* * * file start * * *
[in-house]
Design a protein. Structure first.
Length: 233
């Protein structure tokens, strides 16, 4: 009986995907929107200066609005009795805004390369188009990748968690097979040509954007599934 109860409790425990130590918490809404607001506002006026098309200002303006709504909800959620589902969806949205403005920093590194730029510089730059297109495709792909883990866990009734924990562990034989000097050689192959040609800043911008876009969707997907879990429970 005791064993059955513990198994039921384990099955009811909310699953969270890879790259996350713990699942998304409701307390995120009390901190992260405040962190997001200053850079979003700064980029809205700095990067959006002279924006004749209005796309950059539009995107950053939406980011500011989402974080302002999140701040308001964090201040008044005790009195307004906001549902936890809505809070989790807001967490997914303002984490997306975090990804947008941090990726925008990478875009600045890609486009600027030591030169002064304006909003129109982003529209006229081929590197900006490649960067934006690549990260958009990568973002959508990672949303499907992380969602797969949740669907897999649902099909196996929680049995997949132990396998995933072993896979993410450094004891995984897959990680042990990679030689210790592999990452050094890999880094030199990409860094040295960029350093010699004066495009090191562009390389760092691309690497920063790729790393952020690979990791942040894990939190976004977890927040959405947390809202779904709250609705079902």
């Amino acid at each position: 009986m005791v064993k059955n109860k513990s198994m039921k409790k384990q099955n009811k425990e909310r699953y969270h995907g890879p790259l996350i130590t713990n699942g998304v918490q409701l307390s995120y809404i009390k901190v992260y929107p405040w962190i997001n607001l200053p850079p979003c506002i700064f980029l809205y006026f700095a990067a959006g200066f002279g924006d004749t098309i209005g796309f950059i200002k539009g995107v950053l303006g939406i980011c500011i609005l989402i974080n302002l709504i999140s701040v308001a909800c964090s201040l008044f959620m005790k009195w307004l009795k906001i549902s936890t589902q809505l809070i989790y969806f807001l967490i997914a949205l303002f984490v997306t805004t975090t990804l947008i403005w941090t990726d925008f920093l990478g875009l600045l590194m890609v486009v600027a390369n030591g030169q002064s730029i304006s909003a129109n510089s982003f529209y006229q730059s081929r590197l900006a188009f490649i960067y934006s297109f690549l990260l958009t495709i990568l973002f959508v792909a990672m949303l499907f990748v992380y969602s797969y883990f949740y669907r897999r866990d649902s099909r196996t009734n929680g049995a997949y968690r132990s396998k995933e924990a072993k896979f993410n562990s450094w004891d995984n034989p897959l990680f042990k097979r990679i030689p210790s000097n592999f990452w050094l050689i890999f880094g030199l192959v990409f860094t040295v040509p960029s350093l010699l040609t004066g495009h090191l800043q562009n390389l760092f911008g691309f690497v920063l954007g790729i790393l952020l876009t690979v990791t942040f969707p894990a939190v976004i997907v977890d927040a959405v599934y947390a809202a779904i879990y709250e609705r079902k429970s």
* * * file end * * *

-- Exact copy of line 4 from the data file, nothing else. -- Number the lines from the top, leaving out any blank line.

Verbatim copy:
């Protein structure tokens, strides 16, 4: 009986995907929107200066609005009795805004390369188009990748968690097979040509954007599934 109860409790425990130590918490809404607001506002006026098309200002303006709504909800959620589902969806949205403005920093590194730029510089730059297109495709792909883990866990009734924990562990034989000097050689192959040609800043911008876009969707997907879990429970 005791064993059955513990198994039921384990099955009811909310699953969270890879790259996350713990699942998304409701307390995120009390901190992260405040962190997001200053850079979003700064980029809205700095990067959006002279924006004749209005796309950059539009995107950053939406980011500011989402974080302002999140701040308001964090201040008044005790009195307004906001549902936890809505809070989790807001967490997914303002984490997306975090990804947008941090990726925008990478875009600045890609486009600027030591030169002064304006909003129109982003529209006229081929590197900006490649960067934006690549990260958009990568973002959508990672949303499907992380969602797969949740669907897999649902099909196996929680049995997949132990396998995933072993896979993410450094004891995984897959990680042990990679030689210790592999990452050094890999880094030199990409860094040295960029350093010699004066495009090191562009390389760092691309690497920063790729790393952020690979990791942040894990939190976004977890927040959405947390809202779904709250609705079902």